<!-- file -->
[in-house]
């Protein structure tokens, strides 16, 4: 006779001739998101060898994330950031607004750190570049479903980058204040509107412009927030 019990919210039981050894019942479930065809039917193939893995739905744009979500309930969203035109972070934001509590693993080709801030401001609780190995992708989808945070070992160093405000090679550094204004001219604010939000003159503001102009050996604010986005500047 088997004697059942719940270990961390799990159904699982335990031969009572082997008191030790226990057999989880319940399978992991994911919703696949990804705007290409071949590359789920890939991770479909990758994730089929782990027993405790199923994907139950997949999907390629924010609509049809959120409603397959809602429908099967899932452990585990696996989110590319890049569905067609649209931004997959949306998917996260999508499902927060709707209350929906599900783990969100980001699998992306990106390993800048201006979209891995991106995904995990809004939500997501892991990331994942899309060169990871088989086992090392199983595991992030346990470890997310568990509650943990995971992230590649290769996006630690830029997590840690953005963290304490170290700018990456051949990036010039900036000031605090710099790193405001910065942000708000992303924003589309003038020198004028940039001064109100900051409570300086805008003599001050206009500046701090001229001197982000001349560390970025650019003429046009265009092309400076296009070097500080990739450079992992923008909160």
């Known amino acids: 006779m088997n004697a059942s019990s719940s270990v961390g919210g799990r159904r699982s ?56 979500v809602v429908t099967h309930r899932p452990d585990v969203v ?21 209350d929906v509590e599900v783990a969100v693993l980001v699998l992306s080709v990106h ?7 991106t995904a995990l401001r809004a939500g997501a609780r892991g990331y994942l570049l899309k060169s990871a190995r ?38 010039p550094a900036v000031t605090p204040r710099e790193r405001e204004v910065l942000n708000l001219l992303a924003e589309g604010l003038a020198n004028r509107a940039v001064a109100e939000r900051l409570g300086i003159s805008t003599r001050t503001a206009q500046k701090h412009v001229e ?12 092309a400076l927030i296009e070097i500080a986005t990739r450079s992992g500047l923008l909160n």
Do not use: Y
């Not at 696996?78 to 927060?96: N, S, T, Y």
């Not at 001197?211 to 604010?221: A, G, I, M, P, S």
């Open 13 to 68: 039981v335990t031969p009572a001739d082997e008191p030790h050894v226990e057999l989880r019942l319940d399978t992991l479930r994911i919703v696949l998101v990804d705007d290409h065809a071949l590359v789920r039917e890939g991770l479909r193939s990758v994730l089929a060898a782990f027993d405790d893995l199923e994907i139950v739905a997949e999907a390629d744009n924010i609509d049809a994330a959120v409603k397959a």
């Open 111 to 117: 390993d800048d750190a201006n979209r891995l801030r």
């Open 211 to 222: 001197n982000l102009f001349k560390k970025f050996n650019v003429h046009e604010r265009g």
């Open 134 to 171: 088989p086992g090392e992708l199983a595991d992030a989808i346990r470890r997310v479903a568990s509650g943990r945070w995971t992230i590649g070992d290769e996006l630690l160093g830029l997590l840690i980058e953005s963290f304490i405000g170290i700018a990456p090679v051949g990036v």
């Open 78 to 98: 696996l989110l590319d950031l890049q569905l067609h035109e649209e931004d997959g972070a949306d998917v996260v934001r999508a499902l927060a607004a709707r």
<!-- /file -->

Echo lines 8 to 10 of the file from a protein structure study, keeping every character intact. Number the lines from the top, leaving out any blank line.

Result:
């Open 111 to 117: 390993d800048d750190a201006n979209r891995l801030r």
């Open 211 to 222: 001197n982000l102009f001349k560390k970025f050996n650019v003429h046009e604010r265009g």
């Open 134 to 171: 088989p086992g090392e992708l199983a595991d992030a989808i346990r470890r997310v479903a568990s509650g943990r945070w995971t992230i590649g070992d290769e996006l630690l160093g830029l997590l840690i980058e953005s963290f304490i405000g170290i700018a990456p090679v051949g990036v």